1939 Registration Results


When I heard that Guy Etchell’s had applied for information from the 1939 National Register I decided to also apply and see if I could get information on my parents and grandparents. Today after about a 3 month wait and 6+ emails I got the results. Below is one of the entries

National Registration No: EDKL 263/1

Name: William ELLIOTT

DOB: 25/01/1863

Address: 93 Victoria Road, Farnborough

Marital Status: Married

Occupation: Retired Soldier on Pension

I had to supply name, date/place of birth and  town where they were living to get the information and as you can see I gained the full address, marital status and occupation. You might think that it isn’t worth the effort of applying, but imagine if this information was online and searchable by name as is the census and you can see the advantage of having access to this resource.

The database is held by the NHS Information Centre for health and social care http://www.ic.nhs.uk/ to whom application should be made.

To read more about Guy’s campaign to get this information freely available read the article on the BBC website http://news.bbc.co.uk/2/hi/8363341.stm 

I am sure I’m not the only genealogist who thinks that Guy should get some award to recognise his work on getting the early release of the 1911 census and also for his work towards the release of the 1939 Register.

Guy’s website is at http://freespace.virgin.net/guy.etchells/index.htm


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When is a relation not a relation?


I have my family tree on Ancestry.co.uk as well as keeping it on my home computer using Family Tree Maker. The trees on Ancestry are arranged so that I have 4 trees, one for each grandparent and I have opted to keep the trees accessible to guests only. That means that if anyone does a search for one of the names on my tree they will be informed they need to email me via Ancestry for further information. I like doing it this way as it means I get contact with fellow researchers rather than them just going in and grabbing my research and wandering off into the sunset!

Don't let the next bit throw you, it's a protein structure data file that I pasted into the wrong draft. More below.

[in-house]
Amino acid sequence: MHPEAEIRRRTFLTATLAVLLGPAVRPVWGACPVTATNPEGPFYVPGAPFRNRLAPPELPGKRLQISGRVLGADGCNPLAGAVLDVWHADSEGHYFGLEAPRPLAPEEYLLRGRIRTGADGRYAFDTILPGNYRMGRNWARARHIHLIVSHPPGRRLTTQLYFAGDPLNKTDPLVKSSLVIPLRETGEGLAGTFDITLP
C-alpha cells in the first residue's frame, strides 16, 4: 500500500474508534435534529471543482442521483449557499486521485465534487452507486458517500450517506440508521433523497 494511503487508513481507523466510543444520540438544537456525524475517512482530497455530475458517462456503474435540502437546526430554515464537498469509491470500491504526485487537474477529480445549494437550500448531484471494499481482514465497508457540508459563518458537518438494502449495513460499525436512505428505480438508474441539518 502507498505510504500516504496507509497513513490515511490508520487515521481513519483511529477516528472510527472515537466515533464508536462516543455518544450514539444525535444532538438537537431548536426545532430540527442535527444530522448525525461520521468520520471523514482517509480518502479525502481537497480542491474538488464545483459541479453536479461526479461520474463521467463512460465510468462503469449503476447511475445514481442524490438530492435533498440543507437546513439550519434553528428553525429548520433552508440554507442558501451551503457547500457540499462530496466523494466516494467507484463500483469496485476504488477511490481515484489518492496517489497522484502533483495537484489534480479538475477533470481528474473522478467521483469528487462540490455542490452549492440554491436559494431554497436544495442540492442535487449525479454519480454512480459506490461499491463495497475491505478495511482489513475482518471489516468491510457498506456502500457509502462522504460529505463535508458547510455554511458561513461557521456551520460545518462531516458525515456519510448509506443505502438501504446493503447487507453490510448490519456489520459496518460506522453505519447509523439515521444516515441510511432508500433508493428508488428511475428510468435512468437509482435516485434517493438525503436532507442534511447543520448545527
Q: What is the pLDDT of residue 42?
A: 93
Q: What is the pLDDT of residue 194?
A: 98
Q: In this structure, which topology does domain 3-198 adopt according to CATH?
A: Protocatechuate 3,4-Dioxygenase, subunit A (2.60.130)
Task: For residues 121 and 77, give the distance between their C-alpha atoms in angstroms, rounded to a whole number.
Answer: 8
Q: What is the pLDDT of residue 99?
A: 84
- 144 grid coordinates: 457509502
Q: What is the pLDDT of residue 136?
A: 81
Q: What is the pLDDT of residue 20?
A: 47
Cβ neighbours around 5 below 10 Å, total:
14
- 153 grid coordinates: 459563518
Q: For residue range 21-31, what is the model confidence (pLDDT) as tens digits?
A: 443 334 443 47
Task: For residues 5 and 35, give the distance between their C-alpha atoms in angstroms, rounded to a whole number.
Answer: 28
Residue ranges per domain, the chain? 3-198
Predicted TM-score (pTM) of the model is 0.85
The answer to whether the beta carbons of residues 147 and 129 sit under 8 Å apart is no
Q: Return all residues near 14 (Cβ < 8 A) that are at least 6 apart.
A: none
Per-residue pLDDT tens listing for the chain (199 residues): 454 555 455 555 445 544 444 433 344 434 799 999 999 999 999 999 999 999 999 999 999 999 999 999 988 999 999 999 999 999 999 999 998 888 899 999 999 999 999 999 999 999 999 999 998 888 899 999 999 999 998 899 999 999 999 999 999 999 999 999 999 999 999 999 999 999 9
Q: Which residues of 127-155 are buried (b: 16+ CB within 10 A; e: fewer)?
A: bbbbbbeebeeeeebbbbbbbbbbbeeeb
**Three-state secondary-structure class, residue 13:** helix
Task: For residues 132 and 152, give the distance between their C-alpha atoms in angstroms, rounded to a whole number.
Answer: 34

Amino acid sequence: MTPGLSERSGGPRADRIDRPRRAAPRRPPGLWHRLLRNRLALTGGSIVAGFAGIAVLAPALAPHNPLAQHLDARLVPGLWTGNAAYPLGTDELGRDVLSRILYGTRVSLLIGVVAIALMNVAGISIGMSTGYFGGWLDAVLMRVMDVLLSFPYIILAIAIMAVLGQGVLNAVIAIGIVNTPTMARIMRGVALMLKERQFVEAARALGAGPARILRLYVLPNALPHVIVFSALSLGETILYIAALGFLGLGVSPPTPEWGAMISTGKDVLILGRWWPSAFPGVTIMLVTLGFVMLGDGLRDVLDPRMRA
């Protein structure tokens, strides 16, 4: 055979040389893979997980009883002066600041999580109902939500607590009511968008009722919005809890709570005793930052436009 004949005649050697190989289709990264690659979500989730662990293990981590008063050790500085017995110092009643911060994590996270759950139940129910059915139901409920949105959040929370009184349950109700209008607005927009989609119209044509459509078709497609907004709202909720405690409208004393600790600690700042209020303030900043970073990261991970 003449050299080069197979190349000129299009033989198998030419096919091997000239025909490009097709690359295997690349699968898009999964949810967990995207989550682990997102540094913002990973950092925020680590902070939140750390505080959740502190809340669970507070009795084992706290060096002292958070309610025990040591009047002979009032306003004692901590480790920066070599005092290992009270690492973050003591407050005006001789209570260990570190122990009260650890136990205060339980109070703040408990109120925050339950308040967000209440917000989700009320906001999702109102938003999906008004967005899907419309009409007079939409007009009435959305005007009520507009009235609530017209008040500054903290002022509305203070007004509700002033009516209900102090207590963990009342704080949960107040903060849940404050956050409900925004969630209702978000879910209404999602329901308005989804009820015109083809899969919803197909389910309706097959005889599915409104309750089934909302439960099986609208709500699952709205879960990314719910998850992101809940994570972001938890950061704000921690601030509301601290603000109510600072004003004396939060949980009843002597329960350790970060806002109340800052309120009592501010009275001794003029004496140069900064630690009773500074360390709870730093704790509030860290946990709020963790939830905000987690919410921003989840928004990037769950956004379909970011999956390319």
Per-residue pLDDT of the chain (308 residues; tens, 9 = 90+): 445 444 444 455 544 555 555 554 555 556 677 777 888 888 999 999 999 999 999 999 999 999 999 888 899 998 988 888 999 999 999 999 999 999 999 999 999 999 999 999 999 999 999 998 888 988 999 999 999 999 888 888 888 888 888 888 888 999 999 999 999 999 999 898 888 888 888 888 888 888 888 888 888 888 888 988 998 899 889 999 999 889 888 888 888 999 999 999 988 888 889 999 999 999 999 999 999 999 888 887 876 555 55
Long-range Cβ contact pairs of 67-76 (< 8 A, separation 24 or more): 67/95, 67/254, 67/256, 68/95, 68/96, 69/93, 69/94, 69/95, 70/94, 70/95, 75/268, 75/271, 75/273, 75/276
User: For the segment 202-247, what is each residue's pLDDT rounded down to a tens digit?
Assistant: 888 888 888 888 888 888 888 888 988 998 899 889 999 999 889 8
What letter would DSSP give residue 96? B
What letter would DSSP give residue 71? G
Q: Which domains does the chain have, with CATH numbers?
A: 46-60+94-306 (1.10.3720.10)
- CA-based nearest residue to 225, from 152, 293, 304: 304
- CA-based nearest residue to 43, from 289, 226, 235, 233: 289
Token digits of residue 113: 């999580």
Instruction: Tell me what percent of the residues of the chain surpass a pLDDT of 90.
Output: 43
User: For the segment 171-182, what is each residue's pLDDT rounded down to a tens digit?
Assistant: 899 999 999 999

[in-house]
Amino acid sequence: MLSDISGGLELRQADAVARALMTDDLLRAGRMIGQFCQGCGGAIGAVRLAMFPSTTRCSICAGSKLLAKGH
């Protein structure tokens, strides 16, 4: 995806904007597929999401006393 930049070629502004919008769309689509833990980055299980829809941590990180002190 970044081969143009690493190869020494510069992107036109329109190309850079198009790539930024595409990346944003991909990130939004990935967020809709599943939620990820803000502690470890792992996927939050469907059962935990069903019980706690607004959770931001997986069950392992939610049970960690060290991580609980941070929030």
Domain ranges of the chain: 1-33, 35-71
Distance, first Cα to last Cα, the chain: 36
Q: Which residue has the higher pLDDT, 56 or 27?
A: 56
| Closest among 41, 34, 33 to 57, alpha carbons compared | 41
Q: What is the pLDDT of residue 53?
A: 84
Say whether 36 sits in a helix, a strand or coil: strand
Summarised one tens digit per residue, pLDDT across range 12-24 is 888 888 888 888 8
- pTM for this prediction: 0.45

I have made several very useful contacts this way and we have exchanged information to everyone’s benefit. I allow these people access to my trees and they can then take whatever research is missing from their own trees. I must say the odd time I have got an email along the lines of “I want all your research” without any indication of what their connection is with my families tend to get deleted without replying, so Mr. B from New York that is why you haven’t heard from me!

Just lately I have had a couple of emails which asked for information and the connection between their family trees and mine is that one of their ancestors siblings married one of my ancestors siblings so there was no blood connection. With the advent of so much information available online, particularly the GRO indexes and census, it has become relatively easy to research family members back in time, forward and sideways. We can now gather up siblings and cousins of all degrees removed and place them on our family histories, but when does adding a person and their extended family to your family tree become irrelevant?

In my opinion the point when you should stop adding in names is when that person isn’t a blood relation to you. On Family Tree Maker the programme has a facility to calculate the relationship of an individual to the “Home Person” which in most cases will be you. I am sure other genealogy programmes have similar facilities and the use of this will stop you adding hundreds if not thousands of people to your family tree that bear no relationship to yourself. The obvious exception is one name studies or parish reconstruction when everyone sharing the surname or living in the particular parish are of interest.